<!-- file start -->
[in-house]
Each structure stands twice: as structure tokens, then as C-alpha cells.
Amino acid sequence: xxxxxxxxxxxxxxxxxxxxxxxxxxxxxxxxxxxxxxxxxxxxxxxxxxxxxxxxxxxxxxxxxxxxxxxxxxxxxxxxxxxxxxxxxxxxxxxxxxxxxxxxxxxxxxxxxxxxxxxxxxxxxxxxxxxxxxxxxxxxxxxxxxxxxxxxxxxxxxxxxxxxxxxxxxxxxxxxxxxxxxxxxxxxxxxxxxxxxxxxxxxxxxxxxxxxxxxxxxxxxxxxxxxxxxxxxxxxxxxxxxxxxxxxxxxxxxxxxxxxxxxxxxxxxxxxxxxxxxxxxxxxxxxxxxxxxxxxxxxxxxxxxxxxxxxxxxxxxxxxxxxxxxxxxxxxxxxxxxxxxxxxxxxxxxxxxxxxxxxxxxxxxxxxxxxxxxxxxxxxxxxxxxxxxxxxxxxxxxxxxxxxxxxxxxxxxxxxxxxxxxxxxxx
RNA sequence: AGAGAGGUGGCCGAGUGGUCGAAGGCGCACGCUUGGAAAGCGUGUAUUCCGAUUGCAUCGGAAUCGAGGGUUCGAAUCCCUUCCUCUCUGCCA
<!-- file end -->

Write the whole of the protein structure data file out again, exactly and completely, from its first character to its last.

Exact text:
[in-house]
Each structure stands twice: as structure tokens, then as C-alpha cells.
Amino acid sequence: xxxxxxxxxxxxxxxxxxxxxxxxxxxxxxxxxxxxxxxxxxxxxxxxxxxxxxxxxxxxxxxxxxxxxxxxxxxxxxxxxxxxxxxxxxxxxxxxxxxxxxxxxxxxxxxxxxxxxxxxxxxxxxxxxxxxxxxxxxxxxxxxxxxxxxxxxxxxxxxxxxxxxxxxxxxxxxxxxxxxxxxxxxxxxxxxxxxxxxxxxxxxxxxxxxxxxxxxxxxxxxxxxxxxxxxxxxxxxxxxxxxxxxxxxxxxxxxxxxxxxxxxxxxxxxxxxxxxxxxxxxxxxxxxxxxxxxxxxxxxxxxxxxxxxxxxxxxxxxxxxxxxxxxxxxxxxxxxxxxxxxxxxxxxxxxxxxxxxxxxxxxxxxxxxxxxxxxxxxxxxxxxxxxxxxxxxxxxxxxxxxxxxxxxxxxxxxxxxxxxxxxxxxx
RNA sequence: AGAGAGGUGGCCGAGUGGUCGAAGGCGCACGCUUGGAAAGCGUGUAUUCCGAUUGCAUCGGAAUCGAGGGUUCGAAUCCCUUCCUCUCUGCCA